Scleral Lens Thickness May Determine Central Corneal Edema in Open Eye Conditions

Contact lenses
A young man is balancing a contact lens on is index finger before inserting it into his eye.
Clinicians can also reduce corneal edema by using a scleral lens with a Dk of 100 or greater, which will reduce fluid reservoir thickness.

Thicker scleral lenses result in a higher magnitude of central corneal edema under open eye conditions, according to research published in Eye & Contact Lens.

Researchers enrolled 9 healthy adults (mean age 30 years, 4 women) in a study to assess a potential association between scleral lens thickness and central corneal edema under short-term, open eye conditions. The team randomly fit participants with scleral lenses with nominal central thicknesses of 150, 300, 600, and 1200 µm, and each participant wore lenses of each thickness 1 time. The investigators had the cohort wait a period of 24 hours following lens removal before fitting them with subsequent lenses. The researchers measured epithelial, stromal, and total corneal edema with high-resolution optical coherence tomography (OCT) at baseline and follow-up conducted 90 minutes following the insertion of each lens.

Researchers corrected for variations in initial fluid reservoir thickness across different lens thickness conditions, fitting a second order polynomial to each participant’s central corneal edema data as a function of fluid reservoir thickness measured under open-eye conditions. They examined the effect of lens center thickness on fluid reservoir characteristics and central corneal edema with one-way repeated measure analysis of variance’s (RM-ANOVA) and made Bonferroni corrections.

Investigators determined that total corneal edema was 1.14±0.22%, 1.36±0.26%, 1.74±0.30%, and 2.13±0.24% for the 150, 300, 600, and 1200 µm lenses, respectively. They also observed significantly more stromal and total corneal edema in the thickest lens (1200 µm) compared with the thinnest lens (150 µm)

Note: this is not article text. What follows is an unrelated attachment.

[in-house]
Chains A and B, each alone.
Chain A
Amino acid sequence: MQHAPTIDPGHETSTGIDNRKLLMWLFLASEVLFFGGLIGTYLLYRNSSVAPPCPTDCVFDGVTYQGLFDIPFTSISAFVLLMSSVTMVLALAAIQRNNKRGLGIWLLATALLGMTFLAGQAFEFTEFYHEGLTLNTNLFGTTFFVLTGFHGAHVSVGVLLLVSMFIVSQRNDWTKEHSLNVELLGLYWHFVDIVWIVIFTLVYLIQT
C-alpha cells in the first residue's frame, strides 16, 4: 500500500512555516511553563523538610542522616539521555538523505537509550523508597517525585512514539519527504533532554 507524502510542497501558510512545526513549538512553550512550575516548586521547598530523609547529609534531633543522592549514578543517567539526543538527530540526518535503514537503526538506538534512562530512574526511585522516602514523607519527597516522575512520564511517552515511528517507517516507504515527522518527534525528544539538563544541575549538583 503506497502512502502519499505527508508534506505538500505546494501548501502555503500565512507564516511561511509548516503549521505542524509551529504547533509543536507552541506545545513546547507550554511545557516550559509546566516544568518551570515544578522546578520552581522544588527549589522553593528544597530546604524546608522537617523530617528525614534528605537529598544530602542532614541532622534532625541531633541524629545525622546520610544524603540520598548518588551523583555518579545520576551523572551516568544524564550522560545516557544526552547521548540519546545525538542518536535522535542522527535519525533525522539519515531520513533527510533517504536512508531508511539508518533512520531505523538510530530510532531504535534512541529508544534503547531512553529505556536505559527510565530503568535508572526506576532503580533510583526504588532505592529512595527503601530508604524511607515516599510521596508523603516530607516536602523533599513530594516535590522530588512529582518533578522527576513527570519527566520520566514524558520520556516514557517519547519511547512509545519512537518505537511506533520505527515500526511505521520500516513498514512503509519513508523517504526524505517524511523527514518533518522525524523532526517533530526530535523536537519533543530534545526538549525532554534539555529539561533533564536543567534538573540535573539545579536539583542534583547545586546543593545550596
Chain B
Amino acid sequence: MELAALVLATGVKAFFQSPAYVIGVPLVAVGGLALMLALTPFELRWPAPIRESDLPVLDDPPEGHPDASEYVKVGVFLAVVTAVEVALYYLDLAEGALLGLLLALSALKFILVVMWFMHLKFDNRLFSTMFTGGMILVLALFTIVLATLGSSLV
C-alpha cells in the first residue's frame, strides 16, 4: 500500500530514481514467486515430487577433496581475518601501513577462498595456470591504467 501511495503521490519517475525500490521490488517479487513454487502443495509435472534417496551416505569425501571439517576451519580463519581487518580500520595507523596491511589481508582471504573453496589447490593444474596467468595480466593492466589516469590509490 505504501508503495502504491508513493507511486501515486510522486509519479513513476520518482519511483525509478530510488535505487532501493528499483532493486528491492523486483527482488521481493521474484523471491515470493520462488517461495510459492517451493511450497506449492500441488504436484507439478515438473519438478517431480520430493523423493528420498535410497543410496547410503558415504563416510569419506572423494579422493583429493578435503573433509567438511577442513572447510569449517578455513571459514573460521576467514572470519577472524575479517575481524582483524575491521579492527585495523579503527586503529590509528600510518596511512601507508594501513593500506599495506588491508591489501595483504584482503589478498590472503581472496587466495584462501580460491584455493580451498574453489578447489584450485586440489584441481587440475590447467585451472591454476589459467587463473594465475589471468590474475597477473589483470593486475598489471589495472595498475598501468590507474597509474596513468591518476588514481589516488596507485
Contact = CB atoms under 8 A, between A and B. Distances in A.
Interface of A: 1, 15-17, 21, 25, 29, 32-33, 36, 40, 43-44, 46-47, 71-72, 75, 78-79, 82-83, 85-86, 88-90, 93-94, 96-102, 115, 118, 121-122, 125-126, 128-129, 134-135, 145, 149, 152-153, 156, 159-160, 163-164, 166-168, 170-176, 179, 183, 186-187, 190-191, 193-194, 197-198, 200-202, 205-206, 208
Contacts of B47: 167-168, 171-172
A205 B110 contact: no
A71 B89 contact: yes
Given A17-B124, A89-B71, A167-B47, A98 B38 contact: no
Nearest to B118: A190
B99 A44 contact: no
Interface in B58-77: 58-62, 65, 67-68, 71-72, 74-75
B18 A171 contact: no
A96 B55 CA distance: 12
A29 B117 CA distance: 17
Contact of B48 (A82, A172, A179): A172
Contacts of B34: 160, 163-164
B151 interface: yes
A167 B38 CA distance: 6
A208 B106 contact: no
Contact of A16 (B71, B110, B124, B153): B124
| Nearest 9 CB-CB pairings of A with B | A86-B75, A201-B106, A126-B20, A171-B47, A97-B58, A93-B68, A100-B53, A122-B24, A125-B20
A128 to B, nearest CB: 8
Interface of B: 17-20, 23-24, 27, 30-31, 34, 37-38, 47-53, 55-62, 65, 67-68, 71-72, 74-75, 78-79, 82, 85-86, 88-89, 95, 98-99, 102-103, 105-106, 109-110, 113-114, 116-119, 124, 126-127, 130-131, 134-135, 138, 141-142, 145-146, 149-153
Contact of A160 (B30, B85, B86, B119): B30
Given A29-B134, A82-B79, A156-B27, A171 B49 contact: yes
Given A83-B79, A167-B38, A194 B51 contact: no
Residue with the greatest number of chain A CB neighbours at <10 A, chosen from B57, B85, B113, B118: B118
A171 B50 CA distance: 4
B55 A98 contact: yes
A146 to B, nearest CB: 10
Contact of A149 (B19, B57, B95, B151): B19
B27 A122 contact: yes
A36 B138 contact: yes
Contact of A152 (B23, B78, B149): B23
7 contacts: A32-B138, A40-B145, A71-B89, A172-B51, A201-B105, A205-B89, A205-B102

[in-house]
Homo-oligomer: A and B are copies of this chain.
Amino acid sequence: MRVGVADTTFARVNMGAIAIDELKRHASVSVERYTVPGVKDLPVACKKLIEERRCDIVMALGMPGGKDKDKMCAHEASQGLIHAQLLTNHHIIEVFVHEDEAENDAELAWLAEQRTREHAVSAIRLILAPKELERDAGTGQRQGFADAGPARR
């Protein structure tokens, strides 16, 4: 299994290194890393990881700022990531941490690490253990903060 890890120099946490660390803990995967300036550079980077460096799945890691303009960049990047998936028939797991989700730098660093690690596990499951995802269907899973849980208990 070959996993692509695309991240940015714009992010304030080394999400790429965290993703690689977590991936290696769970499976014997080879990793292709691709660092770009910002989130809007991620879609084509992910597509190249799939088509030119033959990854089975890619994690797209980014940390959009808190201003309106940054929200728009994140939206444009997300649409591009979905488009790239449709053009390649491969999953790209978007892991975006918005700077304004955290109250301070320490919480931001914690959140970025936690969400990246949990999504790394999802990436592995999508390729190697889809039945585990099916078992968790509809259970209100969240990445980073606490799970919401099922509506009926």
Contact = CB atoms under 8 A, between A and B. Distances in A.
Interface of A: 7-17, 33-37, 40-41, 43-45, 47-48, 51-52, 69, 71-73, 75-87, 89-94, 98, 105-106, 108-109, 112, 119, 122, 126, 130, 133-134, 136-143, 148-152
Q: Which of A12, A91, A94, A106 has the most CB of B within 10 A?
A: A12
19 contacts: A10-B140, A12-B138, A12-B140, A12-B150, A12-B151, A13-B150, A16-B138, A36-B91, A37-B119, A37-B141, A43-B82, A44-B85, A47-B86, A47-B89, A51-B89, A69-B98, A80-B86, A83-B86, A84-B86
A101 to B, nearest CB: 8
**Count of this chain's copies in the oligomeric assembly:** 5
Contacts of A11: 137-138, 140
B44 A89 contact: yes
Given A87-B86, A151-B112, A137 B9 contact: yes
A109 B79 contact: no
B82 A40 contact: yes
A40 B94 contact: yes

“When controlling for scleral lens oxygen permeability and initial fluid reservoir thickness, increasing the lens thickness increases the extent of central corneal edema,” according to the researchers. “However, lens thickness values between 150 and 600 µm result in a similar level of edema (on average <0.6% variation). Theoretical models overestimate the effect of increasing scleral lens thickness upon central corneal edema for higher lens thickness values (i.e., when lens Dk/t is <20) when controlling for initial fluid reservoir thickness. In clinical practice, if a scleral lens with a Dk≥100 is used, a greater reduction in edema will be achieved by reducing the fluid reservoir thickness compared with an equal reduction in lens thickness (for thickness values of 600 mm or less).”

The researchers assert that modifying the fit of the landing zone to allow some ingress of oxygenated tears into the fluid reservoir may increase oxygen transmission and reduce corneal hypoxia. However, it may also result in fluid reservoir debris.

Study limitations include a small sample size, short study duration, and variations in initial central flow reservoir thicknesses among the different lenses.


Fisher D, Collins MJ, Vincent SJ. Scleral lens thickness and corneal edema under open eye conditions. Eye Cont Lens. 2022;48(5):200-205. doi:10.1097/ICL.0000000000000888